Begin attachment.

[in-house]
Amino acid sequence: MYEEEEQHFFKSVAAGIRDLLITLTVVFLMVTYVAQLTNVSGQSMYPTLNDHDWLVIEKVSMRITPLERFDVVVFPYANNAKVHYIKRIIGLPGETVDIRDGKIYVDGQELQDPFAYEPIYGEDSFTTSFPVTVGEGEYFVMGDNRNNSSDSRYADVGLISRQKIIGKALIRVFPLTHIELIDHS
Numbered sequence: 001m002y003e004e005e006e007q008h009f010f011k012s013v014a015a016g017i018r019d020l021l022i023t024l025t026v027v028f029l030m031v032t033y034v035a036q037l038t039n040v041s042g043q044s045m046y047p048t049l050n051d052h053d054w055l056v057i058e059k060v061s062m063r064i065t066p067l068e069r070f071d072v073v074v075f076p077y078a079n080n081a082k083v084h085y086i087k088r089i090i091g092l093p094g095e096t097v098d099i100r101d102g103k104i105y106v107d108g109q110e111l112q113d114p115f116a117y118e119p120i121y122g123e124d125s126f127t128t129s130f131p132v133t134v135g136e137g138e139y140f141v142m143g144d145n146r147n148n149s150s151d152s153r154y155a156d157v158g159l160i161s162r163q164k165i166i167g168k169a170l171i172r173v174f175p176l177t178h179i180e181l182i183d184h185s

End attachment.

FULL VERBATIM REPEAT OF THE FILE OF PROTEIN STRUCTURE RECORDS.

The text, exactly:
[in-house]
Amino acid sequence: MYEEEEQHFFKSVAAGIRDLLITLTVVFLMVTYVAQLTNVSGQSMYPTLNDHDWLVIEKVSMRITPLERFDVVVFPYANNAKVHYIKRIIGLPGETVDIRDGKIYVDGQELQDPFAYEPIYGEDSFTTSFPVTVGEGEYFVMGDNRNNSSDSRYADVGLISRQKIIGKALIRVFPLTHIELIDHS
Numbered sequence: 001m002y003e004e005e006e007q008h009f010f011k012s013v014a015a016g017i018r019d020l021l022i023t024l025t026v027v028f029l030m031v032t033y034v035a036q037l038t039n040v041s042g043q044s045m046y047p048t049l050n051d052h053d054w055l056v057i058e059k060v061s062m063r064i065t066p067l068e069r070f071d072v073v074v075f076p077y078a079n080n081a082k083v084h085y086i087k088r089i090i091g092l093p094g095e096t097v098d099i100r101d102g103k104i105y106v107d108g109q110e111l112q113d114p115f116a117y118e119p120i121y122g123e124d125s126f127t128t129s130f131p132v133t134v135g136e137g138e139y140f141v142m143g144d145n146r147n148n149s150s151d152s153r154y155a156d157v158g159l160i161s162r163q164k165i166i167g168k169a170l171i172r173v174f175p176l177t178h179i180e181l182i183d184h185s